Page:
How can I determine whether a given string is a single HTML/XML token?

Hi Guys,

I am trying to confirm whether or not a string token is in and of itself an HTML or XML token.  To match it must start with '<', and with '>' and have zero or more slash characters and one or more additional characters.   There must be no additional '<' or '>' characters within the string.  Examples of matching strings:

<b>
<BR>
<html xmlns="http://www.w3.org/1999/xhtml" >

I have done this so far using the following regex:
@"^<\/*.>$"

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Unfortunately, whilst this is generally OK it does not match the edge cases where the string starts and ends with a tag e.g.:

<b></b>
<b>This text will be displayed in bold</b>

So, how can I cause the regex to match only a single tag, and return no match if there is more than one tag in the string?

I am not necessarily stuck on using regex if there is a better alternative suggestion...

Chris Bray
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chrisbrayAsked:
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chrisbrayConnect With a Mentor Author Commented:
In the end, I gave up on the regex and used string handling and  a little Linq to provide the answer:

return str.Length > 2 && str.StartsWith("<") && str.EndsWith(">") 
&& str.Count(c => c == '<') == 1 &&  str.Count(c => c == '>') == 1;

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This meets all the tests devised whilst being pretty quick in normal usage.  I hope that this is helpful to someone else faced with a similar issue.

Chris Bray
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BardobraveCommented:
What about something like this?

@"^<\/*.>(<\/*.>)*$"

This way you add the posibility that there is an additional closing tag after your current configuration.
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chrisbrayAuthor Commented:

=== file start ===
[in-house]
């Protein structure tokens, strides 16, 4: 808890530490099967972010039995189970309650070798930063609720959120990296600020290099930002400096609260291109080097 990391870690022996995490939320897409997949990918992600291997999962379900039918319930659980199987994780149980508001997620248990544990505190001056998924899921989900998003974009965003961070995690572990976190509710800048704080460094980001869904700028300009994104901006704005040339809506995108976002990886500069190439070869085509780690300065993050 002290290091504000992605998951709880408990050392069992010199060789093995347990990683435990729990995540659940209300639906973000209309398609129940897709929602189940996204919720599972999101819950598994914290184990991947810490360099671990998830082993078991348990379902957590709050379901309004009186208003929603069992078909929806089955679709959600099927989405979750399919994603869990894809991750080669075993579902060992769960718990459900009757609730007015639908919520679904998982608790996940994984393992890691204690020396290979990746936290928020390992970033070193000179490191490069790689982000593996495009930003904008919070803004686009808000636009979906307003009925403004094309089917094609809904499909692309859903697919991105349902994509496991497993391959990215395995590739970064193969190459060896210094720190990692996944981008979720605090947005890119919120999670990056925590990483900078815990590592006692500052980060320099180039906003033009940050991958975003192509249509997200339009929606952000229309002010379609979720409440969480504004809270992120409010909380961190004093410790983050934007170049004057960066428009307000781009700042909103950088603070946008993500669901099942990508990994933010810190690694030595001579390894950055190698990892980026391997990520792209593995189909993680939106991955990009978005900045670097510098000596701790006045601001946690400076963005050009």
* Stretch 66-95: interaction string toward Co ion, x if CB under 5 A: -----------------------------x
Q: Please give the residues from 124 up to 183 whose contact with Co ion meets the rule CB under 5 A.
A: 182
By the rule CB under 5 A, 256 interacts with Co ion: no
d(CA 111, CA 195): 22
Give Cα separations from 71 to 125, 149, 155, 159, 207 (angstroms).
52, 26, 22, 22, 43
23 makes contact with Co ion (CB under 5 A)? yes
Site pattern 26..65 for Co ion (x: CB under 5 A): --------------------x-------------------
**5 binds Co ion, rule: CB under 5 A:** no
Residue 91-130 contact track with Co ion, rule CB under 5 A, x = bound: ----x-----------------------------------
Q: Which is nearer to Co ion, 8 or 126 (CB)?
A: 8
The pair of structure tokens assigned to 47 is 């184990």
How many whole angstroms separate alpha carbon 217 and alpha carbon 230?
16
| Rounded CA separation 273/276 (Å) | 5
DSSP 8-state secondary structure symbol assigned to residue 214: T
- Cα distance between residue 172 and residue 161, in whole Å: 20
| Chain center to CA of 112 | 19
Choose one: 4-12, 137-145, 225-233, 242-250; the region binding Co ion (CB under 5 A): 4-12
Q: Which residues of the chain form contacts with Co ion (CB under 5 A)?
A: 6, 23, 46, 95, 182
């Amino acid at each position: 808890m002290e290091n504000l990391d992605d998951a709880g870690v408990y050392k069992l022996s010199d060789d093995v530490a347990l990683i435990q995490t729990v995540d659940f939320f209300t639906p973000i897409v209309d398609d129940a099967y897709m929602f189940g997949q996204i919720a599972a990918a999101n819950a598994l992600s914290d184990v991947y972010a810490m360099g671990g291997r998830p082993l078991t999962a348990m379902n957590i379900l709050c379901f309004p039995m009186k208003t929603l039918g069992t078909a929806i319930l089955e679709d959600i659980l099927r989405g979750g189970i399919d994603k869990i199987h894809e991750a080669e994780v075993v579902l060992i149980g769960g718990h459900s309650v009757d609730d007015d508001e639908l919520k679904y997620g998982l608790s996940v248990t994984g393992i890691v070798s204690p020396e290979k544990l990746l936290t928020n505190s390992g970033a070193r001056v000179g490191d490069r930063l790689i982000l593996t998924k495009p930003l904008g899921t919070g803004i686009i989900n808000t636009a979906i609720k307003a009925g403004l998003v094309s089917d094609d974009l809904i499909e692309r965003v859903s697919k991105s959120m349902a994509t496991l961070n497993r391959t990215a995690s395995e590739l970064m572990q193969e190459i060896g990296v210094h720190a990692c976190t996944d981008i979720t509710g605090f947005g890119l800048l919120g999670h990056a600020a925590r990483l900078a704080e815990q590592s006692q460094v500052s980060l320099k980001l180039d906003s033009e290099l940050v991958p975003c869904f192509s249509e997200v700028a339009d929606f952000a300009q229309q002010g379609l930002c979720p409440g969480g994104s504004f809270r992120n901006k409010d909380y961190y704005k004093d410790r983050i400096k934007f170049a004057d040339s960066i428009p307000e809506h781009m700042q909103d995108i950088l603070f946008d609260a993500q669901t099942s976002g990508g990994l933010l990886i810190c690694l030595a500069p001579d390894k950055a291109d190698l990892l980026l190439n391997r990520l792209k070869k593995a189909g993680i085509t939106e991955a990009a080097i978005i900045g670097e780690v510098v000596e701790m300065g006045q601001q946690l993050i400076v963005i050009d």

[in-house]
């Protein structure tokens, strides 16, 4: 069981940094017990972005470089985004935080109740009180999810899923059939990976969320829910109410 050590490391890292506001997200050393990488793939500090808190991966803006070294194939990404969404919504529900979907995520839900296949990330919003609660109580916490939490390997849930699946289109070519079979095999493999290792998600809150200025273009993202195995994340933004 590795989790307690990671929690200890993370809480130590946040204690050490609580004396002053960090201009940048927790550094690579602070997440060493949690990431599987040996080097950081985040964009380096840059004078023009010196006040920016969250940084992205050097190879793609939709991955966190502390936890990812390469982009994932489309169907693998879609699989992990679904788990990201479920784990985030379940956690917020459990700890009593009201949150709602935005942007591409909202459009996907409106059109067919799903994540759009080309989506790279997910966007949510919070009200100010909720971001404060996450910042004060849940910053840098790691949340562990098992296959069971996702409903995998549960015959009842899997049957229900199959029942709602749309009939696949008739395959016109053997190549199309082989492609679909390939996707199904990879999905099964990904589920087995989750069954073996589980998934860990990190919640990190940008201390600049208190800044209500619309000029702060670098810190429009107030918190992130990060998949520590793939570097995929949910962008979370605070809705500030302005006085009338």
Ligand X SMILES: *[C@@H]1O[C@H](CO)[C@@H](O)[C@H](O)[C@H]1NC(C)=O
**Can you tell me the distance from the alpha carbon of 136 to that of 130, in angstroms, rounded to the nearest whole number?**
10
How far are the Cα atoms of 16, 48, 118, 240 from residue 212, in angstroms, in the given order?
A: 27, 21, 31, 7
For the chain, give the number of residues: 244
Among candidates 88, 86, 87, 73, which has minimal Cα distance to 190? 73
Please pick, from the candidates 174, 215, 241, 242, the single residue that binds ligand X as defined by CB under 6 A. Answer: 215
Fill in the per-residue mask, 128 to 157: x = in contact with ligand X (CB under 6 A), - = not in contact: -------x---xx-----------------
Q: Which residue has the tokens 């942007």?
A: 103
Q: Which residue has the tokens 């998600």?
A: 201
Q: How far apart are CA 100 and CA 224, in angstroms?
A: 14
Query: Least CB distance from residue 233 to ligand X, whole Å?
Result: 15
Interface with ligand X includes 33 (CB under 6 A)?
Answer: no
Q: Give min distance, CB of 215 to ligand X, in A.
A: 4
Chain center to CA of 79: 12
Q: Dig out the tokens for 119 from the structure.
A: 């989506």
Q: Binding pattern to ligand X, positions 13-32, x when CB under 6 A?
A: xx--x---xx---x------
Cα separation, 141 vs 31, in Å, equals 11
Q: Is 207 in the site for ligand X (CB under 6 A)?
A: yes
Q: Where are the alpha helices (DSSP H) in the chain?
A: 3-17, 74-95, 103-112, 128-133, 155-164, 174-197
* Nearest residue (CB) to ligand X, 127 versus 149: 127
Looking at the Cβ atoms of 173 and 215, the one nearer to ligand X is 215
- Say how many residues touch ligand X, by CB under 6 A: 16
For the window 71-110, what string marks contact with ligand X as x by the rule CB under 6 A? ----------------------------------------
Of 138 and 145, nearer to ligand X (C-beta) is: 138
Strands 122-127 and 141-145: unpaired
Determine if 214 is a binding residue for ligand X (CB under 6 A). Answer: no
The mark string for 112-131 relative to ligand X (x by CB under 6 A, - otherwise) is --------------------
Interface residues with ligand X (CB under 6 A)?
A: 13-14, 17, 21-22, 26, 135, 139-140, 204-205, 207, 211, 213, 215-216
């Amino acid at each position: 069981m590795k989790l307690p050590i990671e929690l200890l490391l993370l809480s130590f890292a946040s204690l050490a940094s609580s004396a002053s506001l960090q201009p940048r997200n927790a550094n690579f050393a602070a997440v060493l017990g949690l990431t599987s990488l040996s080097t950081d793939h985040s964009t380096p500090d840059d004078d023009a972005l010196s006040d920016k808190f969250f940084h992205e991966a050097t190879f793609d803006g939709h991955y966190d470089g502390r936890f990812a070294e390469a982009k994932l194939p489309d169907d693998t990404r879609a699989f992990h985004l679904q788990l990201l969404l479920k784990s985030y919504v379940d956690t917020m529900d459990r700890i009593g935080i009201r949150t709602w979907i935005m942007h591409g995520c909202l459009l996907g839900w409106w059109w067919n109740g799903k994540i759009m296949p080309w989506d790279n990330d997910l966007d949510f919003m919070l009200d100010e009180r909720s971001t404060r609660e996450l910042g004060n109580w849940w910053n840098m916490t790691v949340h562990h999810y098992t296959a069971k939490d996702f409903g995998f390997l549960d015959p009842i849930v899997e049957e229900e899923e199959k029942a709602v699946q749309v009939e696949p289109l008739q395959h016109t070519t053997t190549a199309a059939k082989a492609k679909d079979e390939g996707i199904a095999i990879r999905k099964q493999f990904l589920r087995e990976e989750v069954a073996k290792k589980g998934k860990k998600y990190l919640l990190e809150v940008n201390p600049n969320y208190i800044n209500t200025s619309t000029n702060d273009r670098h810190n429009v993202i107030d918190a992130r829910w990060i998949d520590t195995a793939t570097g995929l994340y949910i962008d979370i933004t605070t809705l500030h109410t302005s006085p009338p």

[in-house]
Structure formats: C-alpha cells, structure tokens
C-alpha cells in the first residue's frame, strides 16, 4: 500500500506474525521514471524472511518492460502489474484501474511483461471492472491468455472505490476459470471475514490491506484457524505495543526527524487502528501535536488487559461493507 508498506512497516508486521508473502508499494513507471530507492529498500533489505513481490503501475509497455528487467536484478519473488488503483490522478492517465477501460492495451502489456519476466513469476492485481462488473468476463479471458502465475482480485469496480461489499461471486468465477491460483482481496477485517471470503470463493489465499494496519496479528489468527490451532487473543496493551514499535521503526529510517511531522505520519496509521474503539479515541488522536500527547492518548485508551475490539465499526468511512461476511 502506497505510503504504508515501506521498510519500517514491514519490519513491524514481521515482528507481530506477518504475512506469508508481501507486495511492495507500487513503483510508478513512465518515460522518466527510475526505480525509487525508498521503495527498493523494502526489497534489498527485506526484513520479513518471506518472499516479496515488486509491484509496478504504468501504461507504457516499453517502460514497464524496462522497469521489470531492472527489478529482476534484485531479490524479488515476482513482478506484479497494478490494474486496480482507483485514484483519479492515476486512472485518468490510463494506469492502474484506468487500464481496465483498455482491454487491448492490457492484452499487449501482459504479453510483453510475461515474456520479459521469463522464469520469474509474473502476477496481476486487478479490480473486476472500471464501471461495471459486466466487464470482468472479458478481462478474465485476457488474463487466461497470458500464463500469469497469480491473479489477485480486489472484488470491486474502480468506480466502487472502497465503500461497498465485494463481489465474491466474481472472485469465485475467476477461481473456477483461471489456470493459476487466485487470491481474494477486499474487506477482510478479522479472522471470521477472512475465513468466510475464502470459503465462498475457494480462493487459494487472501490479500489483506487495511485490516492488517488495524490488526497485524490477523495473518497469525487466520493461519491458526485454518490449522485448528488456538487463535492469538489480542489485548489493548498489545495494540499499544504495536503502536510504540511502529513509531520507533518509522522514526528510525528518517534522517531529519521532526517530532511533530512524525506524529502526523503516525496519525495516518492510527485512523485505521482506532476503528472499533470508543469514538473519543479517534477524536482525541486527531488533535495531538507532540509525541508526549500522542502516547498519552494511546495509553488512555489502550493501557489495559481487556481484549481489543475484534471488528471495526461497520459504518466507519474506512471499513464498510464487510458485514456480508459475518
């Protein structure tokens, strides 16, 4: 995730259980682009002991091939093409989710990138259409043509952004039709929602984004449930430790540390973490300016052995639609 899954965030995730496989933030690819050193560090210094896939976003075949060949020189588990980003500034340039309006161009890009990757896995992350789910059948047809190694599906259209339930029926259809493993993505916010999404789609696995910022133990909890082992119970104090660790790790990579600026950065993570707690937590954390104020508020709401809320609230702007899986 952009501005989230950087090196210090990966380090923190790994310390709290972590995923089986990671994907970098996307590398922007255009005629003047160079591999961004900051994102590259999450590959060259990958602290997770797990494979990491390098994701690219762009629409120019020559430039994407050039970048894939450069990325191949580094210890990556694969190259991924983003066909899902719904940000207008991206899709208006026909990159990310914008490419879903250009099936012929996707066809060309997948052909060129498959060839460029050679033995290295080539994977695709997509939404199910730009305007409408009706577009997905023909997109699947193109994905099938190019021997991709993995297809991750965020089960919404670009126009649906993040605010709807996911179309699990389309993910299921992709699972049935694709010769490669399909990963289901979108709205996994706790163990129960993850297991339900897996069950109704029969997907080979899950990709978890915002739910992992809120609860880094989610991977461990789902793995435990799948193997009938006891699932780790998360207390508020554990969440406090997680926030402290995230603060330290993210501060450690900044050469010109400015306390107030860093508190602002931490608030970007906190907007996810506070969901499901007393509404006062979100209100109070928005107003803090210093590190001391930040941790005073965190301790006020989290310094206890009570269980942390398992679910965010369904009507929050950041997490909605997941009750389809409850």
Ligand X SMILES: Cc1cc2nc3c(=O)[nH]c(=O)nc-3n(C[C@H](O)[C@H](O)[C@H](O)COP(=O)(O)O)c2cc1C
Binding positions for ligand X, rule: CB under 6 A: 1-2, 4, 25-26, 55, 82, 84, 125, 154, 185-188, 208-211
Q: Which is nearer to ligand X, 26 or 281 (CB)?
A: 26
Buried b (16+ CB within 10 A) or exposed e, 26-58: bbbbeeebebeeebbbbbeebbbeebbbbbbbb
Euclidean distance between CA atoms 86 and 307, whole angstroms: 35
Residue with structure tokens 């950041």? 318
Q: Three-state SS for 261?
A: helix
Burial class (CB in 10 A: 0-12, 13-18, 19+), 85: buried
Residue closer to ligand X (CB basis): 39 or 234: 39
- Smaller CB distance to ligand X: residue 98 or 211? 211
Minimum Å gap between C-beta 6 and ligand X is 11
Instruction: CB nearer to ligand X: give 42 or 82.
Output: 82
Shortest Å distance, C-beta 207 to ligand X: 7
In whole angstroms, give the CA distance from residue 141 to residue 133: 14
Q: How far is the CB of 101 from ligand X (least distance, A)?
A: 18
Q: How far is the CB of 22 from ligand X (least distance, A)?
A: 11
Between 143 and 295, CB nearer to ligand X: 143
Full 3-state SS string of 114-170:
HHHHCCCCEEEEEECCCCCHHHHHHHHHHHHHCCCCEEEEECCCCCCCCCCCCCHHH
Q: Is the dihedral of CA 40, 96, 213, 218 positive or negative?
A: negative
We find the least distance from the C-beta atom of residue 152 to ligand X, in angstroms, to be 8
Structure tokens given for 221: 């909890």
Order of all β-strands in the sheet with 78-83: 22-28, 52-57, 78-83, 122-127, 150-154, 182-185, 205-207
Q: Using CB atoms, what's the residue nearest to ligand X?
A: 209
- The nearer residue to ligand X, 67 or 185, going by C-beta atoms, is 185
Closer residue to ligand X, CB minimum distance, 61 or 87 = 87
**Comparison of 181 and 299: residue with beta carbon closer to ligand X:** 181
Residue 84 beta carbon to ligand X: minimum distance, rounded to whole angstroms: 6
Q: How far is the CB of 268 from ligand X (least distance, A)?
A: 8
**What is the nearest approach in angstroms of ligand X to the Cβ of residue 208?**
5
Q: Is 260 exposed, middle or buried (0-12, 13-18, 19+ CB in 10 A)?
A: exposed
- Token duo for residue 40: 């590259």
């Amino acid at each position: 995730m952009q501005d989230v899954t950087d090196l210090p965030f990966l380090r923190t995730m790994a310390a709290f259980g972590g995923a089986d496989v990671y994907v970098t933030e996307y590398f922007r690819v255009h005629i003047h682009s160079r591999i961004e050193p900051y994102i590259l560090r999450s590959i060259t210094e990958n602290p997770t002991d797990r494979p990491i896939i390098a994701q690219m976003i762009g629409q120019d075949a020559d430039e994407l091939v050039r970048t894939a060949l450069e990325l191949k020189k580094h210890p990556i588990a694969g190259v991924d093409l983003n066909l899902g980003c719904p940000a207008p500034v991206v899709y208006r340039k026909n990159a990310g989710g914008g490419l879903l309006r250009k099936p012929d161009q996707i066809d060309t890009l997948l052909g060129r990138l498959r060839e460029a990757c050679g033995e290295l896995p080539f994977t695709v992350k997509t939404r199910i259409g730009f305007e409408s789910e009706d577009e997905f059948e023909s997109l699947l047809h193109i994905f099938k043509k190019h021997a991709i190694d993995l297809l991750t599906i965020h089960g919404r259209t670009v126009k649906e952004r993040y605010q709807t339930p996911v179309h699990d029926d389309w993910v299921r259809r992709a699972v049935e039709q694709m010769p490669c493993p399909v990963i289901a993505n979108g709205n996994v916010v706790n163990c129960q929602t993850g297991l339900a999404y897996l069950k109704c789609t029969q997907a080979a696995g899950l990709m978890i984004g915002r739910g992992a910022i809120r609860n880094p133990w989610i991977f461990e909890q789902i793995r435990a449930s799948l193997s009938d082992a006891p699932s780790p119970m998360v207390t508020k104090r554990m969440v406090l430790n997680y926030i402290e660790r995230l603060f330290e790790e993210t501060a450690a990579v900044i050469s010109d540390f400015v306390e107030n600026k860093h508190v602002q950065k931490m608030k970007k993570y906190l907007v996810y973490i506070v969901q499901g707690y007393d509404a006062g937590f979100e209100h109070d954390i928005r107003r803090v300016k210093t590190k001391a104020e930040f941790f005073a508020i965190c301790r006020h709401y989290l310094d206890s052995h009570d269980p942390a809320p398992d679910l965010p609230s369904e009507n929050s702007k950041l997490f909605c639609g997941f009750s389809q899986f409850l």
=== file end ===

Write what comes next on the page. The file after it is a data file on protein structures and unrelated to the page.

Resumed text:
Hi Bardobrave,

That solves one of the edge cases, but not the other.  This still fails the test by returning a match when it shouldn't:

<b></b>

However, it does not provide a match for this one:

<BR><BR>

What makes it worse is that it breaks one of the working ones:

<BR>

This is a valid tag, but is reported as not matching when using your regex.

Chris Bray
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chrisbrayAuthor Commented:
I have found an issue in my starting regex, which should have a + to match 1 or more other characters - it was only matching a single before so <BR> and long tags did not match. Here is the new working regex APART from the edge cases reported previously:

@"#^<\/*.+>$"

To test for yourself if a proposed regex is working, these are the failing edge cases:

<b>test</b>
<b></b>
<BR><BR>

In each case the problem is that the string opens and closes with a tag.  If the string does not close with a tag it works fine.

Chris Bray
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chrisbrayAuthor Commented:
No solution of any kind was forthcoming, and my experiments with regex were unsuccessful in eliminating the edge cases, so I created an answer of my own.
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